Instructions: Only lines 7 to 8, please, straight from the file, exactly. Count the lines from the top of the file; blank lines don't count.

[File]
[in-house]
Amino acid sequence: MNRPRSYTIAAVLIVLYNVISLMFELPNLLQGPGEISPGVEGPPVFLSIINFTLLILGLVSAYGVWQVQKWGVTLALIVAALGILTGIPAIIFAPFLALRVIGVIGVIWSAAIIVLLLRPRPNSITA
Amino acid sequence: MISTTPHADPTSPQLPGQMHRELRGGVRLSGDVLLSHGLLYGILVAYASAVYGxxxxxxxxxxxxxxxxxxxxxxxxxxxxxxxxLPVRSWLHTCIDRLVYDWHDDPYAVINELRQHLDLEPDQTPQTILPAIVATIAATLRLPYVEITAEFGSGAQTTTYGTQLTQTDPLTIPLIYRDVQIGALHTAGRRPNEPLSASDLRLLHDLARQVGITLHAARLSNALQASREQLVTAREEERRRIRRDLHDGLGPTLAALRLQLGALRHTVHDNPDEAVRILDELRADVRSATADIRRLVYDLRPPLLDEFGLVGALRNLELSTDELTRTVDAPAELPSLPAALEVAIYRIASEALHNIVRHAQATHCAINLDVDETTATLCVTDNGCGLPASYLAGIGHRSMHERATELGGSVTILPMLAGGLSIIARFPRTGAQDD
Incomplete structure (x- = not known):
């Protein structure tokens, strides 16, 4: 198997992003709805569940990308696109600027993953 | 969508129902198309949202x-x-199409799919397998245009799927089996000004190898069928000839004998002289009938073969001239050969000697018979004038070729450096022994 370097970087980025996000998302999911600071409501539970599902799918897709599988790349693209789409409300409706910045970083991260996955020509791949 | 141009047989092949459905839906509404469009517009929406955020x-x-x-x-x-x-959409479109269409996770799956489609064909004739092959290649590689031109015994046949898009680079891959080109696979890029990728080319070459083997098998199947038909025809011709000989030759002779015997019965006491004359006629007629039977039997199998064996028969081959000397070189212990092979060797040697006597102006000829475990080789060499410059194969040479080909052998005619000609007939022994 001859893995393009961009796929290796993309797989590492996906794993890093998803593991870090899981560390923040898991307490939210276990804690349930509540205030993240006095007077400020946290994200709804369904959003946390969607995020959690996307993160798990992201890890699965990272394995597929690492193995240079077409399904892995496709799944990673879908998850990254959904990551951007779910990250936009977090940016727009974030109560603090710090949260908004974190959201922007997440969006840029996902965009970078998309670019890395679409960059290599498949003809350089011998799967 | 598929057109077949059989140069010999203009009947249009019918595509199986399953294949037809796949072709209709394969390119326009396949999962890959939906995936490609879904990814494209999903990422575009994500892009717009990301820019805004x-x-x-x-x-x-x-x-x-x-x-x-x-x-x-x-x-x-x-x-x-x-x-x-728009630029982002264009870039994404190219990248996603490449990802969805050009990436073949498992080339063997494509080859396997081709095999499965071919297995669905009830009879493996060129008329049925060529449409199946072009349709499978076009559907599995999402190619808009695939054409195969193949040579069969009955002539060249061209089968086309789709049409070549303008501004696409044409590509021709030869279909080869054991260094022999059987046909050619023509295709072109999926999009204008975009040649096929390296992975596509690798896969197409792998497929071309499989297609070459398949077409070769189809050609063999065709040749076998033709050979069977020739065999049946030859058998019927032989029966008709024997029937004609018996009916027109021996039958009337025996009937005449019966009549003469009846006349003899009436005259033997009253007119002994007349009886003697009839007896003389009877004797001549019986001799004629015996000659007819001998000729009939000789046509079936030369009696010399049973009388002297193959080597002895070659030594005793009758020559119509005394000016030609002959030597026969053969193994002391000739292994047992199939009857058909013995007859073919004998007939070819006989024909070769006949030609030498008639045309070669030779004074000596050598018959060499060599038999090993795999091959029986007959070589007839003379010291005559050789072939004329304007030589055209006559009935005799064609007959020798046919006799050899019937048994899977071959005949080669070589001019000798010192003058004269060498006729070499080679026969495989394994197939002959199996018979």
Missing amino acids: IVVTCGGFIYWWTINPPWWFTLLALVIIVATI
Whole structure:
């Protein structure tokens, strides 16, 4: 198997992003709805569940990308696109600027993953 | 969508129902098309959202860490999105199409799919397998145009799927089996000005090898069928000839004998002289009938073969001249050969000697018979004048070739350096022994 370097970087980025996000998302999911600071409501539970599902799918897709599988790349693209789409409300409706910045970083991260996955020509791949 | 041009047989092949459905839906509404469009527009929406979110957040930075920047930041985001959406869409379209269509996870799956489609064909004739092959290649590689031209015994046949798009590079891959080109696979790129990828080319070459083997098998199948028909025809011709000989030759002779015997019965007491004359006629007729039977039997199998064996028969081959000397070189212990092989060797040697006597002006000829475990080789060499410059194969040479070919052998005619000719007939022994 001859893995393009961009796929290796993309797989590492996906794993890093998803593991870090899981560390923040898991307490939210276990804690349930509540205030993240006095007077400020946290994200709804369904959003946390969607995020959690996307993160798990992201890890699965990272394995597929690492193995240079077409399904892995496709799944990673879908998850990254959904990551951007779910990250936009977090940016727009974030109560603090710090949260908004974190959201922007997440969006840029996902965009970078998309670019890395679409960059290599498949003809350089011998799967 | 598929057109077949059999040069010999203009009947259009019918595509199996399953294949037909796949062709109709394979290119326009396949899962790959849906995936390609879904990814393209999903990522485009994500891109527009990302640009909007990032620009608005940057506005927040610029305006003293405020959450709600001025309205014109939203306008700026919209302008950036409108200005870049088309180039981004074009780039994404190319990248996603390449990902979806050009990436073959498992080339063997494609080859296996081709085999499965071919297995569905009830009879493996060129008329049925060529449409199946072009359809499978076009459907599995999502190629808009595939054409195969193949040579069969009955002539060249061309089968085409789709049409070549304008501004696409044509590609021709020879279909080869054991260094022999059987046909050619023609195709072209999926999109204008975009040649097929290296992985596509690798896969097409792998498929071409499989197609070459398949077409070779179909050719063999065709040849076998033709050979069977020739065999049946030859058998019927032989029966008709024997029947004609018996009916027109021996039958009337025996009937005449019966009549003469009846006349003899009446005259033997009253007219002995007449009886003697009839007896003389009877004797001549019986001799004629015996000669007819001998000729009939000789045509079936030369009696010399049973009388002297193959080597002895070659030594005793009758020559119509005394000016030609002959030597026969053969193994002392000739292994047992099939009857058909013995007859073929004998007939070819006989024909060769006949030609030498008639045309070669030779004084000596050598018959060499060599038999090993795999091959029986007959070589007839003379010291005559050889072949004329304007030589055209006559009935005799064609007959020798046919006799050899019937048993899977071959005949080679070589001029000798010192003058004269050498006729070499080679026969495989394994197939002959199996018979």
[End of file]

Whole structure:
């Protein structure tokens, strides 16, 4: 198997992003709805569940990308696109600027993953 | 969508129902098309959202860490999105199409799919397998145009799927089996000005090898069928000839004998002289009938073969001249050969000697018979004048070739350096022994 370097970087980025996000998302999911600071409501539970599902799918897709599988790349693209789409409300409706910045970083991260996955020509791949 | 041009047989092949459905839906509404469009527009929406979110957040930075920047930041985001959406869409379209269509996870799956489609064909004739092959290649590689031209015994046949798009590079891959080109696979790129990828080319070459083997098998199948028909025809011709000989030759002779015997019965007491004359006629007729039977039997199998064996028969081959000397070189212990092989060797040697006597002006000829475990080789060499410059194969040479070919052998005619000719007939022994 001859893995393009961009796929290796993309797989590492996906794993890093998803593991870090899981560390923040898991307490939210276990804690349930509540205030993240006095007077400020946290994200709804369904959003946390969607995020959690996307993160798990992201890890699965990272394995597929690492193995240079077409399904892995496709799944990673879908998850990254959904990551951007779910990250936009977090940016727009974030109560603090710090949260908004974190959201922007997440969006840029996902965009970078998309670019890395679409960059290599498949003809350089011998799967 | 598929057109077949059999040069010999203009009947259009019918595509199996399953294949037909796949062709109709394979290119326009396949899962790959849906995936390609879904990814393209999903990522485009994500891109527009990302640009909007990032620009608005940057506005927040610029305006003293405020959450709600001025309205014109939203306008700026919209302008950036409108200005870049088309180039981004074009780039994404190319990248996603390449990902979806050009990436073959498992080339063997494609080859296996081709085999499965071919297995569905009830009879493996060129008329049925060529449409199946072009359809499978076009459907599995999502190629808009595939054409195969193949040579069969009955002539060249061309089968085409789709049409070549304008501004696409044509590609021709020879279909080869054991260094022999059987046909050619023609195709072209999926999109204008975009040649097929290296992985596509690798896969097409792998498929071409499989197609070459398949077409070779179909050719063999065709040849076998033709050979069977020739065999049946030859058998019927032989029966008709024997029947004609018996009916027109021996039958009337025996009937005449019966009549003469009846006349003899009446005259033997009253007219002995007449009886003697009839007896003389009877004797001549019986001799004629015996000669007819001998000729009939000789045509079936030369009696010399049973009388002297193959080597002895070659030594005793009758020559119509005394000016030609002959030597026969053969193994002392000739292994047992099939009857058909013995007859073929004998007939070819006989024909060769006949030609030498008639045309070669030779004084000596050598018959060499060599038999090993795999091959029986007959070589007839003379010291005559050889072949004329304007030589055209006559009935005799064609007959020798046919006799050899019937048993899977071959005949080679070589001029000798010192003058004269050498006729070499080679026969495989394994197939002959199996018979």